I would add an element to this lesson in preparing students to create their arguments to better utilize this instructional strategy. The advanced organizers presented by Marzano could greatly benefit many of my students in creating their argument concerning the cause of the Civil War. Most likely, I will use the graphic organizer such as a mind map to accomplish this.
Both my mentor teacher and university coordinator (as well as other faculty members and the Dean of Academics) to continually push myself to ask “higher level” thinking questions in class. This is emphasized continually at Seattle Prep.
Standard S Criterion-Referenced Reflection
By asking students to create a historical argument concerning the cause of the Civil War and write it on the discussion board “Moodle”, there is no doubt that the lesson is content driven. Additionally students debated their point of view in class thus accessing their oral communication skills. Lastly, by reading other students’ arguments on the Moodle page and having to respond to two classmates, each student understood the content even better. Not only do they read about the information, students create their own argument and analyze others.
Aligned with Curriculum Standards and Outcomes
Students in my class understand that they are creating historical arguments in regards to the causes of the Civil War. The Antebellum sub-unit involves analyzing the causes of the Civil War through three different lenses: economic, political, and social. As the class learns about specific people and events, the particular lessons are connected to causes of the war.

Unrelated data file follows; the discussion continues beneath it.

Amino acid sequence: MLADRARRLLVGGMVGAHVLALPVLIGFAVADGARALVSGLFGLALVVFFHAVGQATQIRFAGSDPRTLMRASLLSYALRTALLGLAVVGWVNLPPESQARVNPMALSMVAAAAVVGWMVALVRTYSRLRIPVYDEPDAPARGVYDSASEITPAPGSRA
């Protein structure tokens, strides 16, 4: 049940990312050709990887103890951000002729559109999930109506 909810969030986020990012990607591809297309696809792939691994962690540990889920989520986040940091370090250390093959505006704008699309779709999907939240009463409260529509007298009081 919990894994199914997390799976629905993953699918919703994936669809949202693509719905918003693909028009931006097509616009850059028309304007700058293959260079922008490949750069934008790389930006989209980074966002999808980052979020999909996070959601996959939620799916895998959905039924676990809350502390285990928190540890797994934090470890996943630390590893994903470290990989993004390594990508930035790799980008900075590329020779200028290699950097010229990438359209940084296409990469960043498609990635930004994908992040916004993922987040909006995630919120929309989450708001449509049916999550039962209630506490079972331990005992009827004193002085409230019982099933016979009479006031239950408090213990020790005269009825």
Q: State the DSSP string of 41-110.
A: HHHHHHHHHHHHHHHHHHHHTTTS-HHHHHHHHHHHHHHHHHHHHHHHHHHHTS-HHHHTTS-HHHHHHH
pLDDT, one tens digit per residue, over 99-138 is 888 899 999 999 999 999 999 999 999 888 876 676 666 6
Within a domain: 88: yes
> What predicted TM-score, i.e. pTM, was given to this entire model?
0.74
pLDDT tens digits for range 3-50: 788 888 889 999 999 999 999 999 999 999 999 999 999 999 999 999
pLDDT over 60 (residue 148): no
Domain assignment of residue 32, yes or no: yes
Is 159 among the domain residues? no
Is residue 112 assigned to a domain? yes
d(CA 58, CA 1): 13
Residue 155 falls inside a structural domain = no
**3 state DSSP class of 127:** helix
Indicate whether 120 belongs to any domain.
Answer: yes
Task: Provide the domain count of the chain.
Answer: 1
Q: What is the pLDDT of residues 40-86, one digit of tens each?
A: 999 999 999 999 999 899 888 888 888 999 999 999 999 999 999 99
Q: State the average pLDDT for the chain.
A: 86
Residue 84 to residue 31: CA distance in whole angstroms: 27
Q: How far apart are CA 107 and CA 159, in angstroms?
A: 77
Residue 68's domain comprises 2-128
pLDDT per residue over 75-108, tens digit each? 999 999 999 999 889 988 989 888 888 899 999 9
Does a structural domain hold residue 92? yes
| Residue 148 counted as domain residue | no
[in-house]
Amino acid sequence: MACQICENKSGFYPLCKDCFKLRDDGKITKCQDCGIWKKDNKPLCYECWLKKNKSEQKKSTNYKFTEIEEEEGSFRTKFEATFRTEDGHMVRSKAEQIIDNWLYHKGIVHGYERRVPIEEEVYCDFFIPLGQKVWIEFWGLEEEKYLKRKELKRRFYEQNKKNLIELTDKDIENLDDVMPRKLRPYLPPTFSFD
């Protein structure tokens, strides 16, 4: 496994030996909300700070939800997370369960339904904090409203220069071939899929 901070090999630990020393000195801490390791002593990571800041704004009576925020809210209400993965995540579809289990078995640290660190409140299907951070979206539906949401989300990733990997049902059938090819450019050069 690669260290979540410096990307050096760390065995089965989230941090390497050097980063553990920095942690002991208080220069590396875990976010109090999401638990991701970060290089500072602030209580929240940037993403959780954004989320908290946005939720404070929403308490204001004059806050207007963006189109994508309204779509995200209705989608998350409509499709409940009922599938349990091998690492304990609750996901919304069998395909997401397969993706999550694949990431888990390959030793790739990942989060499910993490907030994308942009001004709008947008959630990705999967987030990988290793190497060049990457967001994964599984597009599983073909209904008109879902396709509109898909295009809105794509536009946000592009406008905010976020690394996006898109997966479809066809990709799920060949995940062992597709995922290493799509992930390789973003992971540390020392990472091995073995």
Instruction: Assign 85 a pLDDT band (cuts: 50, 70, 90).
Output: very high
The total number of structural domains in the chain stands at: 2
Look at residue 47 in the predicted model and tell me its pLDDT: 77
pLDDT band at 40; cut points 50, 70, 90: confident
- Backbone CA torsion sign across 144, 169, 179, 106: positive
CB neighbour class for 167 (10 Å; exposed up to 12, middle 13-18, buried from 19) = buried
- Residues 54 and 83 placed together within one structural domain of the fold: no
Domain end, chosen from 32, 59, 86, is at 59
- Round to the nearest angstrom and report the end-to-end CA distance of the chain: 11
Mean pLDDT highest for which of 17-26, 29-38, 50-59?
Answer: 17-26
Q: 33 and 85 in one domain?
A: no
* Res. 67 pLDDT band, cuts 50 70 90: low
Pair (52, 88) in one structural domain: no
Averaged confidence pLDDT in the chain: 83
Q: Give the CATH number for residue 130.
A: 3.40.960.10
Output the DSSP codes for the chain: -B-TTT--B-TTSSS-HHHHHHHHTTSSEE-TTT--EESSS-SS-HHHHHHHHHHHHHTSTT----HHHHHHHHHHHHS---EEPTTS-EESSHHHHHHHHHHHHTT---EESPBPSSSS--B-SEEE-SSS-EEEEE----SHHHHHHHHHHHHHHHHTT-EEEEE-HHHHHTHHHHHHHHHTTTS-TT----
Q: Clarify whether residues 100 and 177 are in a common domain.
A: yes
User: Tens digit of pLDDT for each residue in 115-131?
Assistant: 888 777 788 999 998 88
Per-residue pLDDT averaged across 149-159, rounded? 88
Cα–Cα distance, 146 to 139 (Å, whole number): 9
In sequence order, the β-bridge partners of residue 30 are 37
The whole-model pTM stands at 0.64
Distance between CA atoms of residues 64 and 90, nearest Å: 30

Integrated Across Content Areas
This lesson didn’t access much in aesthetic reasoning but did allow students to contrast and prove their argument in different manners. First, they wrote their hypothesis on Moodle with evidence backing it up. Second, they needed to respond to classmates. Third, they argued their point in class in a debate format. The creation of a hypothesis with evidence utilizes scientific reasoning.
Standard T Criterion-Referenced Reflection
Informed by Standards-Based Assessment
I charged students with creating a historical argument, thus my assessment must match this objective. I created a rubric assessing students’ ability to create and back up their argument with evidence.
Students are allowed to choose their own perspective on the cause of the Civil War. This creates an opportunity for each student to create their own argument without being forced to take a specific perspective. Additionally, by responding to other students’ commentary, each student gets to explore the history for themselves.
Influenced by Multiple Instructional Strategies
As referenced in the four instructional strategies included in this lesson, this lesson definitely varies its approach to reach learning targets. I allowed students to not only write about their historical argument on Moodle, but respond to each other online and in the classroom through debates. These varied instructional strategies allowed for different types of learners to achieve success.
Informed by Technology
By using Moodle, students in my class utilized a web 2.0 tool that they will encounter numerous times in the college environment. They became more proficient in using technology while still working toward analyzing the causes of the Civil War.
Student Moodle Work
Seattle Prep Moodle